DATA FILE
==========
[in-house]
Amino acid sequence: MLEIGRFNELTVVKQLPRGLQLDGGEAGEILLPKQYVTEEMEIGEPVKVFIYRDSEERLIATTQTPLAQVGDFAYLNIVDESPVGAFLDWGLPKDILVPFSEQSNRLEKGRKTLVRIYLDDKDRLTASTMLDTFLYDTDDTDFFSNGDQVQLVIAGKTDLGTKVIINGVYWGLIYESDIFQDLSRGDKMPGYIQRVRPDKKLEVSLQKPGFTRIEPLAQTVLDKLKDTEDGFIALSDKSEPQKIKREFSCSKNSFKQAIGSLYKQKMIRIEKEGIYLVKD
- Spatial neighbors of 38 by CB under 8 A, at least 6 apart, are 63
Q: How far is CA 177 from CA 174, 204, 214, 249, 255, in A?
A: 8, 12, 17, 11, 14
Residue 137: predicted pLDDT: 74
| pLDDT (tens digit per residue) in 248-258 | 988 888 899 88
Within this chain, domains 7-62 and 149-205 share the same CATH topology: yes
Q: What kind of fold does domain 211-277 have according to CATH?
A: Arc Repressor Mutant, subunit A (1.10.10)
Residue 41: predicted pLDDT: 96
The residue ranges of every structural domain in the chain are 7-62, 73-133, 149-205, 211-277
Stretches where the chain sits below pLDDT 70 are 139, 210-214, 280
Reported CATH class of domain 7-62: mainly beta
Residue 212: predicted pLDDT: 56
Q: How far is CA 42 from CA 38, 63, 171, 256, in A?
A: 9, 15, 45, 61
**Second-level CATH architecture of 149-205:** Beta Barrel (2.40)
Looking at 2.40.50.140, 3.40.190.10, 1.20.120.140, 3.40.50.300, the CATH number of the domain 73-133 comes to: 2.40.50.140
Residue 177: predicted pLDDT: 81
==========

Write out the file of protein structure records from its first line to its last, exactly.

[in-house]
Amino acid sequence: MLEIGRFNELTVVKQLPRGLQLDGGEAGEILLPKQYVTEEMEIGEPVKVFIYRDSEERLIATTQTPLAQVGDFAYLNIVDESPVGAFLDWGLPKDILVPFSEQSNRLEKGRKTLVRIYLDDKDRLTASTMLDTFLYDTDDTDFFSNGDQVQLVIAGKTDLGTKVIINGVYWGLIYESDIFQDLSRGDKMPGYIQRVRPDKKLEVSLQKPGFTRIEPLAQTVLDKLKDTEDGFIALSDKSEPQKIKREFSCSKNSFKQAIGSLYKQKMIRIEKEGIYLVKD
- Spatial neighbors of 38 by CB under 8 A, at least 6 apart, are 63
Q: How far is CA 177 from CA 174, 204, 214, 249, 255, in A?
A: 8, 12, 17, 11, 14
Residue 137: predicted pLDDT: 74
| pLDDT (tens digit per residue) in 248-258 | 988 888 899 88
Within this chain, domains 7-62 and 149-205 share the same CATH topology: yes
Q: What kind of fold does domain 211-277 have according to CATH?
A: Arc Repressor Mutant, subunit A (1.10.10)
Residue 41: predicted pLDDT: 96
The residue ranges of every structural domain in the chain are 7-62, 73-133, 149-205, 211-277
Stretches where the chain sits below pLDDT 70 are 139, 210-214, 280
Reported CATH class of domain 7-62: mainly beta
Residue 212: predicted pLDDT: 56
Q: How far is CA 42 from CA 38, 63, 171, 256, in A?
A: 9, 15, 45, 61
**Second-level CATH architecture of 149-205:** Beta Barrel (2.40)
Looking at 2.40.50.140, 3.40.190.10, 1.20.120.140, 3.40.50.300, the CATH number of the domain 73-133 comes to: 2.40.50.140
Residue 177: predicted pLDDT: 81